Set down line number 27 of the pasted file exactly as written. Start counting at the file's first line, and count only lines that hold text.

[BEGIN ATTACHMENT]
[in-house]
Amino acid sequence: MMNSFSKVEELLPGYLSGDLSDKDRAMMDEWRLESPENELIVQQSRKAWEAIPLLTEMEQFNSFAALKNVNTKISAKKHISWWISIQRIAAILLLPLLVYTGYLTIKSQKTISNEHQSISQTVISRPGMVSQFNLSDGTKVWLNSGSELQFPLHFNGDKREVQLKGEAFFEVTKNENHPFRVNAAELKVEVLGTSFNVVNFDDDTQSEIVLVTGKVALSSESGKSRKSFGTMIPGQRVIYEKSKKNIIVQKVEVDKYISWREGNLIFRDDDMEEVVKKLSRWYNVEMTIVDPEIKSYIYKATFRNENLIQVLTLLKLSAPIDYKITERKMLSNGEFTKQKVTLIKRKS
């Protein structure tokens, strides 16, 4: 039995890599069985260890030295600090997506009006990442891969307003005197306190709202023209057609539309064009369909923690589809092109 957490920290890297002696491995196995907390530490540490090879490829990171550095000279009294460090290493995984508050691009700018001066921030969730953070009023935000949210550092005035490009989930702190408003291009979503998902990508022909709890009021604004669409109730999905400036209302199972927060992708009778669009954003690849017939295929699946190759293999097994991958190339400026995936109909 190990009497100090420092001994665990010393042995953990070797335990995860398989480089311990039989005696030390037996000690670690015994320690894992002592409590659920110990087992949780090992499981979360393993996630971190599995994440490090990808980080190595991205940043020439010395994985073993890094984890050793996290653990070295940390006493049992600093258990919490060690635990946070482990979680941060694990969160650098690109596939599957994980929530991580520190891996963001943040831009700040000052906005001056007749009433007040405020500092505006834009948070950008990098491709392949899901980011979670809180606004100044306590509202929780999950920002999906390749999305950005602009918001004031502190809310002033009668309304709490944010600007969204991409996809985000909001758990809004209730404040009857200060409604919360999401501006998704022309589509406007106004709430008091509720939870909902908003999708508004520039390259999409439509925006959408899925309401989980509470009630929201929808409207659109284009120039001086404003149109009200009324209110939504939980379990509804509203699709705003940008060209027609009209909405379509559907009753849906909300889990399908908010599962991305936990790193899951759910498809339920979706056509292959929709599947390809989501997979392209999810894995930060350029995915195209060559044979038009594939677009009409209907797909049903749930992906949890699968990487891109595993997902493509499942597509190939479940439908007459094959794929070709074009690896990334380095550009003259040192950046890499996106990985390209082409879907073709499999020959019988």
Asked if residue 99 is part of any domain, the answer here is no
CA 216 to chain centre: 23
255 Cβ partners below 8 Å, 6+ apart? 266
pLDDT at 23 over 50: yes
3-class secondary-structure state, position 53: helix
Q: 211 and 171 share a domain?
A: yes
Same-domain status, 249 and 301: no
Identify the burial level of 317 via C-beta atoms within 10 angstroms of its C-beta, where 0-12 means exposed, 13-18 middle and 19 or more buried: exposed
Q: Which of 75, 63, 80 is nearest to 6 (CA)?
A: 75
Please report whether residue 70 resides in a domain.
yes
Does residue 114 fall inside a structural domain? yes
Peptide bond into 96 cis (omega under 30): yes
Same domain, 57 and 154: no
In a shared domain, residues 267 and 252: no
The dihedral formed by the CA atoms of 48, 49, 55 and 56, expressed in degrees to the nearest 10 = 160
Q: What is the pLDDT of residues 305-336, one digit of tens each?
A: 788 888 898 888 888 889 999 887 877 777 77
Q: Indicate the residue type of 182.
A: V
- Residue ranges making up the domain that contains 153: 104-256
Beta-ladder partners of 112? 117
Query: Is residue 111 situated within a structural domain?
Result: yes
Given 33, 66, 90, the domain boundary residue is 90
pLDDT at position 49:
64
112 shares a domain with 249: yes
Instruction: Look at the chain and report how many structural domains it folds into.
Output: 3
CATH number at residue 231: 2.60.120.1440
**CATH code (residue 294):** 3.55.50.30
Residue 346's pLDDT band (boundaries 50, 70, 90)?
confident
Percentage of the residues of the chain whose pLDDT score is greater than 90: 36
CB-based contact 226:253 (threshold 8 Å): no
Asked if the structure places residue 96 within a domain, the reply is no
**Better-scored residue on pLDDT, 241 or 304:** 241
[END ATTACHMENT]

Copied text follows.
Beta-ladder partners of 112? 117